We all wear parachutes over Mae West life preservers, a bulky combination to handle in connection with portable typewriters, earphones, and the midnight-black goggles which have been issued as a protection against both radiation and glare at the moment of detonation. So dense are these glasses that the sun is barely discernible through them.
It is 6:50 a.m. and we are over our orbit point at Bikini. The sky seems entirely clear over the atoll, with cloud banks obligingly rolled back on all sides.
At 7:10 we swing over the doomed fleet, seventy-three vessels quietly awaiting fury from the sky. The sturdy old Nevada stands out clearly in the bullseye. There is no movement of ships or small boats—no sign of life in the lagoon. Apparently evacuation has been completed and the ships await their fate alone.
We will continue to circle the target until the bomber is ready for its practice run some time after 8 o'clock.
I asked Bill Downs on the intercom system how the panorama below looks from his position.
Fleet Like Sitting Ducks
"Looks like a good morning for shooting ducks—that's what they look like down there," he replies.
I tap Carlisle on the top of his Detroit baseball cap with my right foot and ask him the same question. He writes it out and passes this note up:
"The Bikini target ships, especially those proud old warriors the Nevada, Pennsylvania, Independence, and Arkansas, looked ominously lonely from 7,000 feet. At eight miles away, they seemed like a small boy's toy fleet. As they awaited the atomic bomb over the Bikini, you had a momentary feeling of pity for them. There was such an ominous peacefulness and quietness in Bikini before the atomic storm."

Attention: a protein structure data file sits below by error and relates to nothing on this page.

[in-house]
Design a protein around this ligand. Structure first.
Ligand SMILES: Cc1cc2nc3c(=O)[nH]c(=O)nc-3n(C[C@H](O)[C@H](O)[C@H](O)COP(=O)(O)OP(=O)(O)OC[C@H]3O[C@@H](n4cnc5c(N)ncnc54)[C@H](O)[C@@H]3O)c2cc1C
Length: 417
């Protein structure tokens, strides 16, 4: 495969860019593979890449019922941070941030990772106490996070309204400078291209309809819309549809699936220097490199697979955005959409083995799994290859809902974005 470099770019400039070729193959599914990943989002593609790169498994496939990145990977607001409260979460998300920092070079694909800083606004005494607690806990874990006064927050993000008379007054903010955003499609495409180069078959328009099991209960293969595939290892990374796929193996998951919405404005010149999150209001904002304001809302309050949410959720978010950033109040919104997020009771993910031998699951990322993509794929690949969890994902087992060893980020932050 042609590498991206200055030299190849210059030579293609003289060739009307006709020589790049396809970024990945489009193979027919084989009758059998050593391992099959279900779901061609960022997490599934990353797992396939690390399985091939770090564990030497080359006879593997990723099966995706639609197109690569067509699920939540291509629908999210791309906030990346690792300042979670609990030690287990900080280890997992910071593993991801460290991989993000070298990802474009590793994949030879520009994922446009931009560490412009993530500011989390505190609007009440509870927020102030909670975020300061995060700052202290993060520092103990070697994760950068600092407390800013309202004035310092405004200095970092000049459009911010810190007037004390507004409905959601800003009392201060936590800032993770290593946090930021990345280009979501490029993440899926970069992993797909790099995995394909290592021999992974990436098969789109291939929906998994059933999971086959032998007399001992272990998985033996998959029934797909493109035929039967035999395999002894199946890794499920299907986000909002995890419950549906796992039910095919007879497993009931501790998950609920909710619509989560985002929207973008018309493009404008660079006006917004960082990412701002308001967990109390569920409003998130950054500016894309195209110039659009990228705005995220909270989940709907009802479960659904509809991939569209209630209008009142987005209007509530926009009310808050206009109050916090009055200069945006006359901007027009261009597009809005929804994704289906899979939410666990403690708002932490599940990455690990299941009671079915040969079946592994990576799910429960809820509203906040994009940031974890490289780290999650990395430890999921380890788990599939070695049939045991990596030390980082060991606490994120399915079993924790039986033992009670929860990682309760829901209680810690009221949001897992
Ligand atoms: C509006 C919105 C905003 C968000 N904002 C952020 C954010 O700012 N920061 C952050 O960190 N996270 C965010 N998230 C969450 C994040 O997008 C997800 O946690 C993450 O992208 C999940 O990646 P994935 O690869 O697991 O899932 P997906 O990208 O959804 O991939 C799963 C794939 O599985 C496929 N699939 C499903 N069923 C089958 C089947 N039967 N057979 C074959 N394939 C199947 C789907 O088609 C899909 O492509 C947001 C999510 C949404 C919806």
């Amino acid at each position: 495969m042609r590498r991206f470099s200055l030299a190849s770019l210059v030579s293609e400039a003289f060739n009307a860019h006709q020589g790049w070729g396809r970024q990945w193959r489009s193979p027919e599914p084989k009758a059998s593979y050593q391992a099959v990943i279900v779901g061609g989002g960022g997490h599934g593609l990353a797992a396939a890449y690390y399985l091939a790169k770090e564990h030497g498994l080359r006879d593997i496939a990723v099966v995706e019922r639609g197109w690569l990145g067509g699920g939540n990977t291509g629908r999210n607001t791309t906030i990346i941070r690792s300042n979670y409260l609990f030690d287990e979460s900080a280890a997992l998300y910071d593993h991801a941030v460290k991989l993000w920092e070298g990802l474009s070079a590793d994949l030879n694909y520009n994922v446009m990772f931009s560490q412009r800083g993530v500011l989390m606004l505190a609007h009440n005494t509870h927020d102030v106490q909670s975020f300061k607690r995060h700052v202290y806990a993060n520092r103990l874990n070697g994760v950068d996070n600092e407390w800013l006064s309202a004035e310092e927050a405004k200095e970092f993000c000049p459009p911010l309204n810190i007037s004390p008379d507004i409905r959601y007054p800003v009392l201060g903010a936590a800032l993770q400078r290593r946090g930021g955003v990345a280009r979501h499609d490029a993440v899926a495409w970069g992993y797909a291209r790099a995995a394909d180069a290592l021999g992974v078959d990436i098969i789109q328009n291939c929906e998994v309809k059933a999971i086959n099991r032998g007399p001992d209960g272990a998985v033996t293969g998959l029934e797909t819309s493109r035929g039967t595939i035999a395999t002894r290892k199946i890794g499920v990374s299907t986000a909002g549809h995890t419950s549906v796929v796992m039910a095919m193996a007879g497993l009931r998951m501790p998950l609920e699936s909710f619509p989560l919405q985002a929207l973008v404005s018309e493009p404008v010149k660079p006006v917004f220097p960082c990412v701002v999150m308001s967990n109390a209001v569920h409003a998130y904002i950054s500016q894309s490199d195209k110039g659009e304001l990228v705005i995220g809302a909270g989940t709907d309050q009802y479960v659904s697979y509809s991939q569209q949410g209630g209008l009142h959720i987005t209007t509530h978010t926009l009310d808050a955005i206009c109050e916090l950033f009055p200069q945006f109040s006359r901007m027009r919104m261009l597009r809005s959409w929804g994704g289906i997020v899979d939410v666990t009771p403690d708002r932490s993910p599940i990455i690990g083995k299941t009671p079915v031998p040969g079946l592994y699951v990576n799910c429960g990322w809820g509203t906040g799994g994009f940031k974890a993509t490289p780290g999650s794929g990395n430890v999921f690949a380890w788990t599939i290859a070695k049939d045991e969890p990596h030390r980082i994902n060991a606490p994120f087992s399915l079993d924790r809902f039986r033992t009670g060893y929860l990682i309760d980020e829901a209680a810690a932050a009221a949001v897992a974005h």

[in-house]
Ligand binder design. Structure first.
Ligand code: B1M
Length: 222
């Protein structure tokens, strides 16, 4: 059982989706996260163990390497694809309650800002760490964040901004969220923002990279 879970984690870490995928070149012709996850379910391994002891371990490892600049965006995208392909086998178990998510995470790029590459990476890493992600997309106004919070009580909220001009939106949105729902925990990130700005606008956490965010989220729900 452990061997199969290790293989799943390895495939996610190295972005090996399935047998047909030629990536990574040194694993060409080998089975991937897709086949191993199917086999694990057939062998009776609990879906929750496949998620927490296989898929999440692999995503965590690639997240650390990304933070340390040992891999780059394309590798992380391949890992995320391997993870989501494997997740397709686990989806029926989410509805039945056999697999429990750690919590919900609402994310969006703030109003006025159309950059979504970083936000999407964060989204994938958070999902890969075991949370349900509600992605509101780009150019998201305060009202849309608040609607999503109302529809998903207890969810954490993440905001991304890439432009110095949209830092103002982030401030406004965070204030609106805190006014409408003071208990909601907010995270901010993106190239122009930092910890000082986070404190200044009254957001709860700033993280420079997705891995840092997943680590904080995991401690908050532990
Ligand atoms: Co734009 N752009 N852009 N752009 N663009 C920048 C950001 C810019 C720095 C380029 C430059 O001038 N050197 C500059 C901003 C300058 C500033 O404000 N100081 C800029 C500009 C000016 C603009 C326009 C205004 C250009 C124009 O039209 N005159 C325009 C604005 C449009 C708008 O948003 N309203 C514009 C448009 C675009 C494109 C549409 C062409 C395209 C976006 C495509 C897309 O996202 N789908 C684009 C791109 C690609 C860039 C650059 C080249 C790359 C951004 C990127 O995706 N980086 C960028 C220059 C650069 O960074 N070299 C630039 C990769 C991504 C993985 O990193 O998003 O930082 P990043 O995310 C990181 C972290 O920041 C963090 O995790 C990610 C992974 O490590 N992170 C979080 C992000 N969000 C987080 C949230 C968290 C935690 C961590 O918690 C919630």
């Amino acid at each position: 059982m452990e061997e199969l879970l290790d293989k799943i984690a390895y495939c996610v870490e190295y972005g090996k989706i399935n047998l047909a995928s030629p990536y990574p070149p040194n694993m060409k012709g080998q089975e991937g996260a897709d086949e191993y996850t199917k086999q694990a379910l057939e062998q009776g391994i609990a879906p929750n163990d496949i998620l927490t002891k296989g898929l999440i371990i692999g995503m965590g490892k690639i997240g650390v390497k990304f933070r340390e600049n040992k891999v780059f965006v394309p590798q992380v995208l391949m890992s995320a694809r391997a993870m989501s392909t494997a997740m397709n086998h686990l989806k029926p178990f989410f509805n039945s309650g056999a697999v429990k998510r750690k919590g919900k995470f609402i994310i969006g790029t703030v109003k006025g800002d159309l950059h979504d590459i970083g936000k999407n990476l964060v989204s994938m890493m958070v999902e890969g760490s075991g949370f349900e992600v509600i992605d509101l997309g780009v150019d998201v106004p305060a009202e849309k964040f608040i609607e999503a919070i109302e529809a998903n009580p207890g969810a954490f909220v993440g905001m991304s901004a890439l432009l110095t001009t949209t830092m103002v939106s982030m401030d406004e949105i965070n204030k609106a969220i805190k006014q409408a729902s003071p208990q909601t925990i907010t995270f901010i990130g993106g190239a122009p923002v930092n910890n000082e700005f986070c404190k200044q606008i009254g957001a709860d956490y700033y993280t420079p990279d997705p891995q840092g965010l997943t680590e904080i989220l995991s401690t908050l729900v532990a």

At 8 o'clock we are steadily circling the target array in 16-mile-long swings.
When we cross Bikini island or the reef of the lagoon we pass over a broken overcast of white fluffy clouds. While we are over the lagoon itself and the target vessels it is usually wholly clear and sunny.
Of the seventy-two other aircraft which will be traversing various other orbits in the area we have so far seen only one—a navy torpedo bomber which passed us like an arrow.
At our elevation of 7,000 feet, we are seldom in any cloud formation.
We have moved eastward over the open ocean now and are flying above the ships of Joint Task Force One, including the command ship Appalachian which is receiving our radio broadcasts and press transmission. Feathery trails in the water astern indicate these vessels are all under way.
Watch a Practice Run
At 8:12 a.m. the intercom tells us the bombing plane now is over the target for the first practice run. We strain our eyes and catch a fleeting glimpse of flashing reflected light high in the sky. We are staying clear of the lagoon now.
The executioners are sighting their guns on the historic old Nevada, which has seventeen minutes to live—or is she stronger than the scientists have calculated?
On the intercom we hear a voice from far off: "Hello Broadway One, the target area is clear. The target area is clear."
We are flying in tight circles over the Task Force now.
The air is full of communications from the control ship to the bombing plane.
At 8:25 these communications terminate and the bombing tone is tested. It sounds like a shrill version of a busy signal on an automatic telephone. When started on the bombing run it will continue until the contact is broken by the dropping bomb itself unless the bombardier changes his mind at the last moment.
The scene below is a quiet pastel of blues and white. Deep blue sea, milder bluer sky, soft white clouds. An oddly peaceful backdrop for the greatest explosive charge ever contrived by man.
At 8:30 we hear "Broadway One" tell "Abraham" that he hopes to drop the atomic bomb in twenty minutes.
Then we hear: